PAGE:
Introducing the Inter-Blockchain Communication Protocol

An overview of how the IBC allows token transfers between Cosmos blockchains.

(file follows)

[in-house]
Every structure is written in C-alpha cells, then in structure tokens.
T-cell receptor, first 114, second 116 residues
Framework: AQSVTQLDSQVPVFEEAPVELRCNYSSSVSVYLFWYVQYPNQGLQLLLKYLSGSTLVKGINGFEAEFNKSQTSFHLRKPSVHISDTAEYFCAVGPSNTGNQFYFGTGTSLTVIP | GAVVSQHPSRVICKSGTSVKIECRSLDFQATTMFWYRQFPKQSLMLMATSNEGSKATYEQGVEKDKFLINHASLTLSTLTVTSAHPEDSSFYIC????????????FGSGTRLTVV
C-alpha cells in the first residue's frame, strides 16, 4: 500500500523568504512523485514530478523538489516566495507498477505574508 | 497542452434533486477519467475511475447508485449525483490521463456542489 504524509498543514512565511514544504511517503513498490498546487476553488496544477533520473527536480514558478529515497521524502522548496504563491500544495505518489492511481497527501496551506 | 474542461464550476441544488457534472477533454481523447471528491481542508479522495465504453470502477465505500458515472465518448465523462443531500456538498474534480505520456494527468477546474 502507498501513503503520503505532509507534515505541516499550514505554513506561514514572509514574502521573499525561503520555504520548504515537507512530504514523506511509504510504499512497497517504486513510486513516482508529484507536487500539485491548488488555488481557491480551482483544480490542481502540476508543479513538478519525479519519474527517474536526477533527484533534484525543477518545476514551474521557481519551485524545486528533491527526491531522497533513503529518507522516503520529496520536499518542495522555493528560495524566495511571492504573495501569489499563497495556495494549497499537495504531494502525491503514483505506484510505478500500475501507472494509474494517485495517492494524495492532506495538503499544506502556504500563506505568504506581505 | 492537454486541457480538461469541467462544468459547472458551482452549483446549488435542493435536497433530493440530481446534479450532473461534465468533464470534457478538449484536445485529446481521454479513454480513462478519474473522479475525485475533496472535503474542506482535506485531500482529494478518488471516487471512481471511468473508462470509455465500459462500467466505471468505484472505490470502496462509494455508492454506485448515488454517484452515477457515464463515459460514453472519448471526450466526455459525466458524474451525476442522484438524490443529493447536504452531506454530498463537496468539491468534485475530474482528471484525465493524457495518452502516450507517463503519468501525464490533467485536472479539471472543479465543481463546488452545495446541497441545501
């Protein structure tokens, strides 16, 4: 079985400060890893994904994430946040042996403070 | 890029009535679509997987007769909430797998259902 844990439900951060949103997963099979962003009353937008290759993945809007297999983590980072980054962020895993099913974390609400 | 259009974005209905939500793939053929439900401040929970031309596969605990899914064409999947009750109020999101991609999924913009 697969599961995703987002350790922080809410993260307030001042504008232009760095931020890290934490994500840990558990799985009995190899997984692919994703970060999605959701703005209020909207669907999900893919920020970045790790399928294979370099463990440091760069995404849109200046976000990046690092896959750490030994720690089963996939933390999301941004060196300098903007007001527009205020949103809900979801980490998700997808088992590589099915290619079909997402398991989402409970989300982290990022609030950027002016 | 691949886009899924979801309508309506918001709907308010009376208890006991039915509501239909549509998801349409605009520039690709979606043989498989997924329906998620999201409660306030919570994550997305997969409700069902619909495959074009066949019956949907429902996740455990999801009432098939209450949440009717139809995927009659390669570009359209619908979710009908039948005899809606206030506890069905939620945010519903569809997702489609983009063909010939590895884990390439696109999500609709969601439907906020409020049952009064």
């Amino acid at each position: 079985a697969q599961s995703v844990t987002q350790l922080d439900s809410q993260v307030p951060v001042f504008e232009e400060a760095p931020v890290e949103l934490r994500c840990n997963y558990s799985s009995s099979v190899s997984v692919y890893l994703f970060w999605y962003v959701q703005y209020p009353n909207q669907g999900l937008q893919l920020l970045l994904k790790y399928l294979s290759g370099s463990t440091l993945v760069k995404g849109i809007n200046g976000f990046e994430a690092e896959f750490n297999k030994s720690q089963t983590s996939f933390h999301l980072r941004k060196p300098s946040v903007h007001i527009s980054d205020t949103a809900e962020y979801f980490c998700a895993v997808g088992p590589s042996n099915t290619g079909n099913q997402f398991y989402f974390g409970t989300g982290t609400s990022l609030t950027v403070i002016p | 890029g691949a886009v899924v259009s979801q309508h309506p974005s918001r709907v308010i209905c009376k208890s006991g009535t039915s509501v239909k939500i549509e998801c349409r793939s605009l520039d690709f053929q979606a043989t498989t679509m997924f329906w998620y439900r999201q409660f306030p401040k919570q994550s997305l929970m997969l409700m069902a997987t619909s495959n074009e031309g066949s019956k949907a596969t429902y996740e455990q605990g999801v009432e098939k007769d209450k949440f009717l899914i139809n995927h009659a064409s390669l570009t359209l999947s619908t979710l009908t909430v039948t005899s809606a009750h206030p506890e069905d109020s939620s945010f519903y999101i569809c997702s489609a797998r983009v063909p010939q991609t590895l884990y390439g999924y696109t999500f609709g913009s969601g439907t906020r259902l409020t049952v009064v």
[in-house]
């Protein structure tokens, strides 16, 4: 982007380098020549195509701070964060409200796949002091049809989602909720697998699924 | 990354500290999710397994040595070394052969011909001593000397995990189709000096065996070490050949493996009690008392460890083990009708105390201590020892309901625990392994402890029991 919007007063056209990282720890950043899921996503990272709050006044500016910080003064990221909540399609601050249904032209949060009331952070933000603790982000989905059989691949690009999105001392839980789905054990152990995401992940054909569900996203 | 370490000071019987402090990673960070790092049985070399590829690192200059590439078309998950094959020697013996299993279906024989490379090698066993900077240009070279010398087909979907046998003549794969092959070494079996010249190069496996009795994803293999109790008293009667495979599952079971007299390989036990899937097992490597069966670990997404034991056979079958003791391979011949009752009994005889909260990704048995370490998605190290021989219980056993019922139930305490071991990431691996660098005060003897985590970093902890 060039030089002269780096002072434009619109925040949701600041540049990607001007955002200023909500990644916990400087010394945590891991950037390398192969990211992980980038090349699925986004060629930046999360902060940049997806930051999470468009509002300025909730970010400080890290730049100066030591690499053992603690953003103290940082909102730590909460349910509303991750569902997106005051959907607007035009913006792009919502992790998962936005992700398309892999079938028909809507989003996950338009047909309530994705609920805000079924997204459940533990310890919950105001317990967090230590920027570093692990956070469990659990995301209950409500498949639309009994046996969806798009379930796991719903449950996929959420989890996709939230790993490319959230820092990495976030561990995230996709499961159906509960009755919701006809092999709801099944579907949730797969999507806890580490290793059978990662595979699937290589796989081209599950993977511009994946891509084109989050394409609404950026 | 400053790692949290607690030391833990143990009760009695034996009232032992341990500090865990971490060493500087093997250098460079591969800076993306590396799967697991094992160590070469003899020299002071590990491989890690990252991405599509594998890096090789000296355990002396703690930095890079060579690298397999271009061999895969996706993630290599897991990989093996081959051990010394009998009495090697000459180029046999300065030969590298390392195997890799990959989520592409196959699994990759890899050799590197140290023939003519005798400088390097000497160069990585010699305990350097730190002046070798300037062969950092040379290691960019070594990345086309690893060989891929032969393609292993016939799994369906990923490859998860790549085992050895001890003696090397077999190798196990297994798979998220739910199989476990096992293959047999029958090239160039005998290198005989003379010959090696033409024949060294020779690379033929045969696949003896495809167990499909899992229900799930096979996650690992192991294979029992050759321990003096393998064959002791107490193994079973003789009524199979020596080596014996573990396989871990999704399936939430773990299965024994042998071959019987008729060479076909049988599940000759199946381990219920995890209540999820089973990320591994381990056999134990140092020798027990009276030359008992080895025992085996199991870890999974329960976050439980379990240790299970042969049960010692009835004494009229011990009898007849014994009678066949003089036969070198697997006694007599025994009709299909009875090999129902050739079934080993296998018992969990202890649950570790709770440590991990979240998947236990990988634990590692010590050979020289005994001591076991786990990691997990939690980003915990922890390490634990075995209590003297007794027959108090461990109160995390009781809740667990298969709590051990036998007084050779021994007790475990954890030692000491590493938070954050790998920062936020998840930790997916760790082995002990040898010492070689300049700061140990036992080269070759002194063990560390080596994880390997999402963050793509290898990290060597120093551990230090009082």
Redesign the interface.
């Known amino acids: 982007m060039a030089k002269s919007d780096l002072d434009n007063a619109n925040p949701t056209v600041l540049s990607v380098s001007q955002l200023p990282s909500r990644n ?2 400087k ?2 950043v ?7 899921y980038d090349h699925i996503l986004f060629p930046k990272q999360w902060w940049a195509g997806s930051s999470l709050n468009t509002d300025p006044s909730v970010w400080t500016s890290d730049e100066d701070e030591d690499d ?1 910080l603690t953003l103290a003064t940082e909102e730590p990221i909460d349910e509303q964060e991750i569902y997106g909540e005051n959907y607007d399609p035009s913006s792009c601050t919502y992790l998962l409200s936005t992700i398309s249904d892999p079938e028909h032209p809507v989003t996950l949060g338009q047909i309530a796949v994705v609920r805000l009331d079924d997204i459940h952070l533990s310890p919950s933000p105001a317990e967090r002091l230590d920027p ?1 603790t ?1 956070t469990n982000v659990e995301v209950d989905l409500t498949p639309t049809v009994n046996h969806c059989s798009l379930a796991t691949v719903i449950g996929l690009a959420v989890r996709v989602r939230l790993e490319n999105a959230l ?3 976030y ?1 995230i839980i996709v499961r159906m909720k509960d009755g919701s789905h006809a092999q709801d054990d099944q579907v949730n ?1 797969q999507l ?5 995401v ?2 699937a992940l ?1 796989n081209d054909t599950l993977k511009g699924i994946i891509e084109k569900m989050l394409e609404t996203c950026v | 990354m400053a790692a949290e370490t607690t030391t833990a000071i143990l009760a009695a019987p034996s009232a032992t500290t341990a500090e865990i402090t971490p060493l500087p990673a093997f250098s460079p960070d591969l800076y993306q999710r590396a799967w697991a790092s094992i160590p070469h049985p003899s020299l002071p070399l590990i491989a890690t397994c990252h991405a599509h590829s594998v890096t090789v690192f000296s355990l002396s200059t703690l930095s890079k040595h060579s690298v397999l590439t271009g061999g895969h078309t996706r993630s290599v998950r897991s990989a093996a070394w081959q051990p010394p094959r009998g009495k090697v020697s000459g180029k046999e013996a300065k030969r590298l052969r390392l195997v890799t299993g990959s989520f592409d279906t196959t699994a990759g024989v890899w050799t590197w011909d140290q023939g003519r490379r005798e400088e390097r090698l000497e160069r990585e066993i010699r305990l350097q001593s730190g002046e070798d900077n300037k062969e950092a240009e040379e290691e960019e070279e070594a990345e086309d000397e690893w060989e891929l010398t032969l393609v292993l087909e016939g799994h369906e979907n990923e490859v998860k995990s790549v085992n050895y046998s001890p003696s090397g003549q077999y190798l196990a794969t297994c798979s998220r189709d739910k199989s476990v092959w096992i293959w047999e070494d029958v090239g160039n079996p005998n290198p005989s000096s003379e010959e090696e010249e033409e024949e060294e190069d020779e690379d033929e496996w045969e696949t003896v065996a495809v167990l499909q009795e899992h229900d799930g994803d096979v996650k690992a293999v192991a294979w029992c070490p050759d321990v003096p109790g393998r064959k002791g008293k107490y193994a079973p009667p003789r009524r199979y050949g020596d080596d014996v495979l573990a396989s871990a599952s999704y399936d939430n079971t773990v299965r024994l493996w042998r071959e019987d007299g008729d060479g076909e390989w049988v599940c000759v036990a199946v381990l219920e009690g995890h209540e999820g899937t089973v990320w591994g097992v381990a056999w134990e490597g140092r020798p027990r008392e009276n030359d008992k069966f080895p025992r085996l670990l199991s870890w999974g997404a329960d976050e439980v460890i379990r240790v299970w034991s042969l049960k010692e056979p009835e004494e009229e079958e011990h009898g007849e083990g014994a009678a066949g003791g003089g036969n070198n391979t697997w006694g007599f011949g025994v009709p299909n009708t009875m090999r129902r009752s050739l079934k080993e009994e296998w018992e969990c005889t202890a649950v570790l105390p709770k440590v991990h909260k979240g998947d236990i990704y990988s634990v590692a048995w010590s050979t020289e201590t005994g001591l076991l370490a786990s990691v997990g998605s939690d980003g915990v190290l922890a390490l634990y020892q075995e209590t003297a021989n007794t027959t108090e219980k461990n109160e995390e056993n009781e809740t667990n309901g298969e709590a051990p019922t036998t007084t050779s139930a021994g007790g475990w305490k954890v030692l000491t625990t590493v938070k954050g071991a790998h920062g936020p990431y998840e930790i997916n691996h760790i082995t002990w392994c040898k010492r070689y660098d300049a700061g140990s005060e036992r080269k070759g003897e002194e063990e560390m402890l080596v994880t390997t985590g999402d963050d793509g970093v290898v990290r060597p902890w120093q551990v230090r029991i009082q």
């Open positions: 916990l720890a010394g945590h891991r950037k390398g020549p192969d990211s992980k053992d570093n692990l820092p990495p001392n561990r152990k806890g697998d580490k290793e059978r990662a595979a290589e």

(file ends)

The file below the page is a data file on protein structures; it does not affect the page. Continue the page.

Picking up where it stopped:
In a recent [Bankless interview]([^1], David Hoffman asked “What are the tools that listeners need to explore the Cosmos?” to which Sunny Aggarwal responded “Get a Keplr wallet... buy ATOM, IBC it to Osmosis, do a swap for STARS, IBC that to Stargaze, and go buy yourself your first Bad Kids NFT”. [^1]: Bankless – Episode 140 – The Cosmos Thesis with Sunny Agarwal and Zaki Manian, There’s a lot to digest in those words. If you’re very new to the Cosmos, you might find it useful to read through our introductory Cosmos article [here](, but this sequence of events will allow us to unpack a lot of elegant details about how the **Inter-Blockchain Communication** (IBC) protocol works. Allow me to briefly summarize some important concepts: # Setup ## Keplr [Keplr]([^2] is the most popular wallet for accessing the Cosmos ecosystem & managing assets. With it installed, you can easily send and receive Cosmos assets and use Cosmos apps. [^2]: Keplr wallet official website: ## Osmosis Osmosis is an app built on a dedicated Cosmos blockchain (or *appchain*). The app that it runs is a *decentralized exchange* (DEX), which means that you can trade one asset for another there with no 3rd party involved. Remember, the core job of a blockchain is to keep track of which addresses own what assets, and most blockchains have a single *native* asset that is central to its own microeconomy. The native asset of the Cosmos Hub is the ATOM token, and the native asset of Osmosis is the OSMO token. ## Stargaze Stargaze is also an appchain. It keeps track of its native asset, the STARS token, but it is also a marketplace for NFTs or *non-funglible tokens*. This means that users can buy, sell, and create NFTs here. It also means that the Stargaze blockchain has to keep track of which addresses own which NFTs. Since both Osmosis and Stargaze have IBC enabled, they can transfer tokens and other data between them. At the time of writing, STARS cannot easily be purchased outside of Osmosis, which is why Sunny’s answer feels a bit complicated. Finally, Bad Kids is a collection of NFTs that was created on Stargaze and they can only be bought and sold there using STARS. ## Breakdown Now that we have the basics cleared up, I would like to take Sunny’s canonical Cosmos experience from the interview and use it as a baseline to explain the movement of assets between Cosmos chains through IBC. The full sequence looks like: 1. Depositing ATOM onto the Osmosis blockchain 1. Trade ATOM for STARS on the Osmosis exchange 1. Withdraw STARS to the Stargaze blockchain 1. Purchase an NFT (maybe a Bad Kid…) with the newly acquired STARS In this article I will focus only on Steps (1) and (3), since these are the only steps that require IBC. Let’s start at the beginning… Congratulations! You’ve purchased some ATOM on your favourite exchange, withdrawn it to your Keplr wallet, and you’re excited to get some STARS and purchase your first Stargaze NFT. # Deposit $ATOM in Osmosis Your heart is pumping. You navigate to the Assets page on Osmosis, search for ATOM, and click deposit. A beautiful popup shows that ATOM will travel from your Cosmos Hub address at lightning speeds and land gently and safely in your Osmosis address. But how? ![osmosis deposit screen]( ## Good Actors and IBC Packets In order for this to be possible at all, Osmosis and the Cosmos Hub must form (a) a *connection* and (b) a *channel*. Both of these are made possible by a *relayer* – this is a separate computer (ie. not a validator on either chain) who sends information packets back and forth between the two chains. In this article, we will skip over the details of how two chains can form connections and channels, but for a deeper dive you can read [this article]([^3]. The most important thing is to keep track of the players involved: 1. A validator on the Cosmos Hub 1. A validator on Osmosis 1. A relayer to send data between the two You click 'Send'. First, your transaction gets broadcast to the Cosmos Hub validators, one of whom will make sure that your transaction obeys the basic rules of the protocol and subsequently add it to the blockchain. Your ATOM will then be sent to and locked in a special address called an *escrow address*. This address contains all of the ATOM that will travel through the channel to the relayer and end up on Osmosis. Each escrow address has a unique endpoint – in this case, Osmosis – and once your ATOM arrives there, an *IBC packet* will get created. This packet contains information about how much $ATOM you are sending to Osmosis. A beautiful dance unfolds. The packet is forwarded to the relayer who bounces it to the corresponding escrow address on Osmosis. Here, *voucher tokens* are created. Voucher tokens are the digital representation of ATOM on the Osmosis blockchain and the number of voucher tokens created will match the amount of ATOM specified in the IBC packet. The Osmosis blockchain then sends a confirmation that the voucher tokens have been created back to the Cosmos Hub (via the relayer!) and the original packet is destroyed. The ATOM voucher tokens can now move freely between addresses on the Osmosis blockchain, be traded, or anything else allowed by the Osmosis protocol. Magic! ![cosmos hub -> osmosis IBC]( ## Bad Actors and Light Clients “But wait a moment!”, a particularly astute reader may wonder. “What if the validator on the Cosmos Hub is dishonest? Must Osmosis simply TRUST (perhaps the dirtiest word in crypto...) that the amount of ATOM being delivered is not being double spent?” To address this important concern we must understand what a *light client* is. I will only provide the basics here, but you can check [this article]([^4] for an extremely clear and detailed overview. A light client in Cosmos is software that downloads a portion of a blockchain – called the *block headers*. These headers are like a summary – they contain some information about the entire blockchain, but not all of it. This allows a light client to keep track of a blockchain’s *state* (which addresses own what assets) without downloading the entire chain. Here is where some sexy cryptography sneaks in: Before Osmosis mints the voucher tokens for the incoming $ATOM, it will request the balance of the outgoing address from a Cosmos Hub validator. Even though it must make this request, it can use the downloaded block headers to verify that the response is accurate. So, if the Cosmos Hub validator did send an untruthful balance for the outgoing address, the light client running on Osmosis would catch this inconsistency and the voucher tokens would never be minted! Damn… that’s some good crypto. When a connection is formed between two IBC-enabled chains, each must download a light client for the other so that they can continuously monitor each other in a trust-minimized way. On [Map of Zones]([^5] (at the time of writing) you can see that Osmosis currently has 50 connections between other Cosmos blockchains. This means that the Osmosis blockchain currently has 50 light clients running on it, each monitoring the state of one of those chains. # Withdraw $STARS to Stargaze Your ATOM is now on Osmosis, safe and sound, and you triumphantly trade it for STARS using the Osmosis DEX. Now, you wish to complete this grand mission by withdrawing STARS to their home chain, Stargaze. If you think carefully, you'll realize that the STARS on Osmosis are also voucher tokens. They were created by the escrow address at the Osmosis end of the Stargaze-Osmosis channel after an IBC transfer just like the one we covered above. Now, we are going to send them home. You click “Withdraw”, and the dance begins again but in reverse. First, an Osmosis validator sends your STARS voucher tokens to the escrow address, and an IBC packet is created. This packet contains the number of STARS you wish to withdraw. It is fired off to a relayer (the one managing the Osmosis-Stargaze channel), who bounces it over to a validator on Stargaze. The Stargaze validator checks that everything is in order using the Osmosis light client, and forwards the packet to the Osmosis escrow address on Stargaze. Once the packet is received, the intended number of STARS tokens are unlocked from the escrow address and released back into their native blockchain. A confirmation message is relayed back to Osmosis, and once it is confirmed, the original voucher tokens there are *burned* - erased from existence. You, dear reader, are now free to use your STARS in the NFT marketplace and purchase whatever degen nonsense your heart desires. ![osmosis -> stargaze IBC]( # Conclusion I hope you have enjoyed this cosmic voyage through the interchain! To summarize: - All IBC-enabled blockchains can form connections and channels, which are managed by a relayer. - At either end of the channels is a special escrow address which: - locks native tokens that are leaving the chain - releases native tokens that are re-entering the chain - burns voucher tokens (non-native assets) that are leaving the chain - creates voucher tokens that are entering the chain - Light clients allow chains to minimize the amount of trust required in a connected blockchain. - Tokens are transferred via IBC packets through channels which connect two escrow addresses. A few final thoughts: 1. I have attempted to provide only a sketch of the basic IBC mechanism. Many details have been left out, but I hope that for an average user this summary will provide a sufficient foundation for further learning. Informed users are powerful users. 2. Token transfers as I have described here are really just scratching the surface of what IBC is potentially capable of. IBC packets can contain arbitrary information, not JUST information how many tokens are being moved. This means they can send other kinds of data between chains, and even execute transactions on other chains! For a deeper dive on IBC’s future applications I recommend [this article]([^6]. IBC is already enabling blockchain use-cases that have never been possible before and there is no obvious end in sight. Welcome to the interchain. Thanks for reading <3 Robin Tunley Twitter: [@the5thforce0_0]( [^3]: Datachain, How Cosmos’ IBC Works to Achieve Interoperability Between Blockchains, [^4]: Sardan, T., What is a Light Client and Why You Should Care?, Parity Blog, [^5]: Map of Zones, [^6]: Fei, C. Welcome to the IBC Gang, Let’s Talk,